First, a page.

President Carter, saying that in his own mind "I can see a way" to resolve remaining differences, moved on two fronts yesterday to lay the groundwork for a new strategic arms limitation treaty (SALT) with the Soviet Union.
At the White House, Carter and his senior aides spent two hours in a SALT-dominated briefing for nine newly elected U.S. senators, whose votes are important in the tough ratification battle expected early next year. The meeting was described by administration aides as the first of a series which will bring the president or one of his top officials in the national security field into contact with 50 to 60 senators before the congressional session is underway.
At the State Department, Secretary of State Cyrus R. Vance met Soviet Ambassador Anatoliy F. Dobrynin for the second time in two days in a quickening diplomatic exchange on the SALT II pact. There were indications that Vance presented to Dobrynin new U.S. proposals for compromise solutions, based on a round of toplevel secret meetings last week at the White House.
In his public comments on SALT, at a breakfast meeting with White House correspondents, Carter described the remaining differences as "minor" compared to the distance between the two parties a year ago. Saying that he sees a way to resolve them, he added that "if the Soviets are adequately forthcoming, I would guess that any further delay would be minimal."
Carter expressed doubt that the United States and Soviets will be able to achieve final agreement before his newly announced meeting in early January with the leaders of Britain, France and West Germany, thus virtually writing off the often-expressed hopes for a completed treaty by the end of 1978. He added that the United States would probably have its proposals "in final form" by early January.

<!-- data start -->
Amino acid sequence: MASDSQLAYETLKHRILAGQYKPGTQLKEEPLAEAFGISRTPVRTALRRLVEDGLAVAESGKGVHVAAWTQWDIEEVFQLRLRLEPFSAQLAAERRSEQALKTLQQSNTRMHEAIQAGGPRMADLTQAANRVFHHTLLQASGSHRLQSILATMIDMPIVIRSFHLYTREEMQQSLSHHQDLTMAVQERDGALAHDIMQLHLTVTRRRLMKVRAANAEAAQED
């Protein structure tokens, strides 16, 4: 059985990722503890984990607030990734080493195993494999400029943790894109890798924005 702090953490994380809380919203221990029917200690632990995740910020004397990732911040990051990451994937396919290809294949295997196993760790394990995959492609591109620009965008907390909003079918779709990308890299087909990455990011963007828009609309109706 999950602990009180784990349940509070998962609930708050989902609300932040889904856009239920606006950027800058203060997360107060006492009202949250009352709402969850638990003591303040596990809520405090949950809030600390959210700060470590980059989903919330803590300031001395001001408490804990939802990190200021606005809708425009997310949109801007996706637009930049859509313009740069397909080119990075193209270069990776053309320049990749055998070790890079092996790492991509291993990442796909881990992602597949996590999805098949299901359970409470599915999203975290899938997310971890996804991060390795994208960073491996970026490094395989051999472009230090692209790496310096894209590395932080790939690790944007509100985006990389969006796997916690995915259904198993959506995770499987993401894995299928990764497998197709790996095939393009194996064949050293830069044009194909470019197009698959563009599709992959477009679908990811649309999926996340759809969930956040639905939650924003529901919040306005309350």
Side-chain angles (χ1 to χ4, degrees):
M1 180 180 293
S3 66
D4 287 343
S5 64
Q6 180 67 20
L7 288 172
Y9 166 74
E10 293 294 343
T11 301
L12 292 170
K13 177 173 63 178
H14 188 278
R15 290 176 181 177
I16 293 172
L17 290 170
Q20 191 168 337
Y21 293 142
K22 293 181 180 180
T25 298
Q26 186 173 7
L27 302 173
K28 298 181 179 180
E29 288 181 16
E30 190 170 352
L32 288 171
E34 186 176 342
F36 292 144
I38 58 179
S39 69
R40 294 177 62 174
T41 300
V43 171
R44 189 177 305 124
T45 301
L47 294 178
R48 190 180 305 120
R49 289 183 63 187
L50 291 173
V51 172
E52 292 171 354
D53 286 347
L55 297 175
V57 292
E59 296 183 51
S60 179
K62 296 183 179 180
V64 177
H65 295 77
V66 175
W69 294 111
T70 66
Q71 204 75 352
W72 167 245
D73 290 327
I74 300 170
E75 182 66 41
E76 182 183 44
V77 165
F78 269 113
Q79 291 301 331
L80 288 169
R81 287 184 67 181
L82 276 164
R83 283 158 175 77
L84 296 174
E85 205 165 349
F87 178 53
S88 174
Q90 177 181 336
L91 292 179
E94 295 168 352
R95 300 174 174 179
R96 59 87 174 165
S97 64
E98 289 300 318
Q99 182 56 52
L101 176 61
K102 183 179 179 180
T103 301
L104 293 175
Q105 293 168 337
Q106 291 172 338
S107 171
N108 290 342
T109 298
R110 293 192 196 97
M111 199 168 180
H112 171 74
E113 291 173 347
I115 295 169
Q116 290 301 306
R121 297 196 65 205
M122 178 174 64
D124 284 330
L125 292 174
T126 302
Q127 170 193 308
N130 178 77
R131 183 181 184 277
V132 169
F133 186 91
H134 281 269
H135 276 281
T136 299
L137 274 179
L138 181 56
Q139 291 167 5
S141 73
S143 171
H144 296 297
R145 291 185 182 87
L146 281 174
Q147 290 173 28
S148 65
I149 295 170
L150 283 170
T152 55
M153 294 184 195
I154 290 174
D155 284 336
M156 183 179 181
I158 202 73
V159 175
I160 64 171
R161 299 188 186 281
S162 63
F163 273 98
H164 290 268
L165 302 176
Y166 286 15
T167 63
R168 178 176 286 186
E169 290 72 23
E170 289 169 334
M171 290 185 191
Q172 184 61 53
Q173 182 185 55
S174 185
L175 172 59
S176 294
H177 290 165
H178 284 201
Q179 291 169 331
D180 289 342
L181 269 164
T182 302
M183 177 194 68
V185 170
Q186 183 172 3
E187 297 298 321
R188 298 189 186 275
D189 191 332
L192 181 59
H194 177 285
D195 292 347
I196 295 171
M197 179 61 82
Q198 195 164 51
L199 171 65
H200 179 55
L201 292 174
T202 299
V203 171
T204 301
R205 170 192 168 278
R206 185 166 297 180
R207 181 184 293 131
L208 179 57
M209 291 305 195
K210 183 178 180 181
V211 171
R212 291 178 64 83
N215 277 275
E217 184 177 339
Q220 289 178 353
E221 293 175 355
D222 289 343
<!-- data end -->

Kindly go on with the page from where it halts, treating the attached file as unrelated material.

In a remark that seemed to confirm earlier hints that another SALT negotiating meeting between Vance and Soviet Foreign Minister Andrei Gromyko may be unnecessary, Carter said the two foreign ministers would certainly meet to prepare for a summit meeting of their principals, at which the SALT II pact would be signed. The president also said he would like to cover "a broad range" of matters with Soviet leader Leonid Brezhnev over a four- to five-day period if SALT pact and summit signing come to fruition.
Although the timetable hinges on success in compromising the four or five remaining issues, some U.S. officials anticipate an early January meeting between Vance and Gromyko, with a summit meeting and ceremonial signing in late January.
Under this timetable, the pact would be submitted to the Senate by February when Congress gets down to work, and probably go to the Senate floor by mid-April to early May.More than a month of intensive floor debate is anticipated before a final vote on passage.
According to sources who attended the White House session for the newly-elected senators, five Democrats and four Republicans, Carter called SALT "the most important single foreign policy question." Carter said twice that it would be "disastrous" if SALT failed, according to a participant.
Informed sources said there has been modest progress in recent weeks in resolving the few remaining issues of substance. These issues are reported to include:
The recent Soviet practice of encoding some telemetry, electronic data which report to earth on missile performance, in tests of new intercontinental weapons. The Soviets earlier transmitted such data without codes, making it easier for the United States to monitor precise capabilities of Soviet missiles. The United States is seeking -- and the Soviets so far resisting -- a ban on the coding of telemetry.
A U.S. proposal that air-launched cruise missiles that are equipped with conventional (rather than nuclear) warheads be exempt from the limitations of SALT. In order to distinguish these weapons from the nuclear armed variety, the United States proposes to manufacture them with a different shape. The Soviets have rejected this plan as not verifiable.
Disagreement on the number of independently targetable warheads that can be placed on the one new type of intercontinental missile which each side is allowed under the pact. The Soviets reportedly propose a smaller number of allowable warheads than the United States.